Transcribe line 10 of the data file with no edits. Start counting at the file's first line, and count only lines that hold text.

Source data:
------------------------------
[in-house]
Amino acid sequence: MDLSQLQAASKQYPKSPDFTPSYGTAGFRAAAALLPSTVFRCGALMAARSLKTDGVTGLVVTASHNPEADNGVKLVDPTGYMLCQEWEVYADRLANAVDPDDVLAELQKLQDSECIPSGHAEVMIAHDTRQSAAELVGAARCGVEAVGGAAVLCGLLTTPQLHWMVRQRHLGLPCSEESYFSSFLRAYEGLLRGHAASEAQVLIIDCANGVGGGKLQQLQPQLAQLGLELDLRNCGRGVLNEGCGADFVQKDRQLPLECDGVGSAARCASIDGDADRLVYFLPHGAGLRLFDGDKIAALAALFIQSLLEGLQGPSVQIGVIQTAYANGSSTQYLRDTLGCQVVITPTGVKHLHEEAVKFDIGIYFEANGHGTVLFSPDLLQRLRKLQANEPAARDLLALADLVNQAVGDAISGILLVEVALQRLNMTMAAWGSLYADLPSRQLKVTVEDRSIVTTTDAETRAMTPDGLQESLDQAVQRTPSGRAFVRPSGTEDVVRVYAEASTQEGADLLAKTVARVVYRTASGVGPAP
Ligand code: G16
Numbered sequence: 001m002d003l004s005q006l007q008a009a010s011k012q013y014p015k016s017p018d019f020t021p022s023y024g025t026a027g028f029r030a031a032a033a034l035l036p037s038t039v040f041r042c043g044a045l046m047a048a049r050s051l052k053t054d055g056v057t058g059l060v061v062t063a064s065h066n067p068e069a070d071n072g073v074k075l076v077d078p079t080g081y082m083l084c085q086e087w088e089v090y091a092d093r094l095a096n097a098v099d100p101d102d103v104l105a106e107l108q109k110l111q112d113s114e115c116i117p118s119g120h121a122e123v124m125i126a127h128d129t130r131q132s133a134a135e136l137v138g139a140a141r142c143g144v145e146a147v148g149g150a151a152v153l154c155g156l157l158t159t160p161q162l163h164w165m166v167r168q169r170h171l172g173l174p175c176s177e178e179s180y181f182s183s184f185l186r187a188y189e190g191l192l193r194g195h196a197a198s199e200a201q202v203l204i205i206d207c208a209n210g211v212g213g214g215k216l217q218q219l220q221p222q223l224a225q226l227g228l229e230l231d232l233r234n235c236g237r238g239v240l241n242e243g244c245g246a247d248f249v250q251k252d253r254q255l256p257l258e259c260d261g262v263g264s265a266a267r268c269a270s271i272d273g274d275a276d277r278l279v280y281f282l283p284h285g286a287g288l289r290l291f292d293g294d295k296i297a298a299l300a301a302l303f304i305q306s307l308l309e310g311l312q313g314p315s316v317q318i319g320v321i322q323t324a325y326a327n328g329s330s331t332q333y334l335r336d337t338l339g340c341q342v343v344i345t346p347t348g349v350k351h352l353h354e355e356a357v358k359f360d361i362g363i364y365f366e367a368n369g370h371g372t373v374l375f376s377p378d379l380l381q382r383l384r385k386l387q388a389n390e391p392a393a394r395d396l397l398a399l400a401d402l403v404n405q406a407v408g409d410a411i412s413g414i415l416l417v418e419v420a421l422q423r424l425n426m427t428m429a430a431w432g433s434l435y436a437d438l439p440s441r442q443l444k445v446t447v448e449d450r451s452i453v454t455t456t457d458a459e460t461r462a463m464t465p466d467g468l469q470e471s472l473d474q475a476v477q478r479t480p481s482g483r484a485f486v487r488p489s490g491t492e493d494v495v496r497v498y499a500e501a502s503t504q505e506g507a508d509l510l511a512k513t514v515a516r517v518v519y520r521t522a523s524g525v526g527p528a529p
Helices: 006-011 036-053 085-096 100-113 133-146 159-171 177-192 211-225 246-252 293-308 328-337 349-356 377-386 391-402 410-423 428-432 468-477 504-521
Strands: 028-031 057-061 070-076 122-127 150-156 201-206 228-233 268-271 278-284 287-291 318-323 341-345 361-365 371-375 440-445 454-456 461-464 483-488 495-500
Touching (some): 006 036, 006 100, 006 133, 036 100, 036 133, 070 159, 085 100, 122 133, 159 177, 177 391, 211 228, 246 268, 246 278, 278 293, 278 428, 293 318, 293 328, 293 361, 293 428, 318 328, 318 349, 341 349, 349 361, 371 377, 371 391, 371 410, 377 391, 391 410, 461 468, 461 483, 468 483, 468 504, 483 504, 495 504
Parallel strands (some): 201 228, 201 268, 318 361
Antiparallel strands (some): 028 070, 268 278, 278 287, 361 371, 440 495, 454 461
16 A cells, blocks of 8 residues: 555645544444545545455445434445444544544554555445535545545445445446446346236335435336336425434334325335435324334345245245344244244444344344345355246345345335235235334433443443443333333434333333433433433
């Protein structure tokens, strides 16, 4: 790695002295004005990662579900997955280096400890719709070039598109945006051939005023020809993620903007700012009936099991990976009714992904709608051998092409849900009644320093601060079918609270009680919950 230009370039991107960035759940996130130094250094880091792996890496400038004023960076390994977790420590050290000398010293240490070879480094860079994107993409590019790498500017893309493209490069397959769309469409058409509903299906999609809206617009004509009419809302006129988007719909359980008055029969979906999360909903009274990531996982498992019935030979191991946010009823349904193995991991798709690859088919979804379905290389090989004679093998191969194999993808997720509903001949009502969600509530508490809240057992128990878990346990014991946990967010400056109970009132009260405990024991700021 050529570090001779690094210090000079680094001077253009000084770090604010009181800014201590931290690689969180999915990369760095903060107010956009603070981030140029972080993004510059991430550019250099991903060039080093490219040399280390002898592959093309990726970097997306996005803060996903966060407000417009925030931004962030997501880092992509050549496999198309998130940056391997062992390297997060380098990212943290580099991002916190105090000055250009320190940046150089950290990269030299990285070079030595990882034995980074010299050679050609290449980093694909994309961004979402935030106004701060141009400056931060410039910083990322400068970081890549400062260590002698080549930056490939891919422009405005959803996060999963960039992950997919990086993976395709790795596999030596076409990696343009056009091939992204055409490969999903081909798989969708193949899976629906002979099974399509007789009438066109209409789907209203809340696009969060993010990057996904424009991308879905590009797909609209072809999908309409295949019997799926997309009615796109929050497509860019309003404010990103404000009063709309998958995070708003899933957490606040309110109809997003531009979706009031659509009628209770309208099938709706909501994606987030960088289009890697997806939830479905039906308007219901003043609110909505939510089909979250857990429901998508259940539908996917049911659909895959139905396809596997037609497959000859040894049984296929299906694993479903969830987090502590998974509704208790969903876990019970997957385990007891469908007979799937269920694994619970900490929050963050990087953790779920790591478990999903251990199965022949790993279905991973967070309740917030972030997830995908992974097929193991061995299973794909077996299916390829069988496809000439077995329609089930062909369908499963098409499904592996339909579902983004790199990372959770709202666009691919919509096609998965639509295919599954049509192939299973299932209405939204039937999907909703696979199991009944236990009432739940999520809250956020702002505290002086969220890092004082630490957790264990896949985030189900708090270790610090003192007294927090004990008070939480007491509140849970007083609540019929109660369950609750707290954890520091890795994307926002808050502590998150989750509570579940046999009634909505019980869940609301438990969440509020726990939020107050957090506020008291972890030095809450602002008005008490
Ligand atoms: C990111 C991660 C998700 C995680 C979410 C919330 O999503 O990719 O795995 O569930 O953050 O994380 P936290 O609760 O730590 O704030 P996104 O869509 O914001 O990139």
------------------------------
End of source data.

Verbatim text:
16 A cells, blocks of 8 residues: 555645544444545545455445434445444544544554555445535545545445445446446346236335435336336425434334325335435324334345245245344244244444344344345355246345345335235235334433443443443333333434333333433433433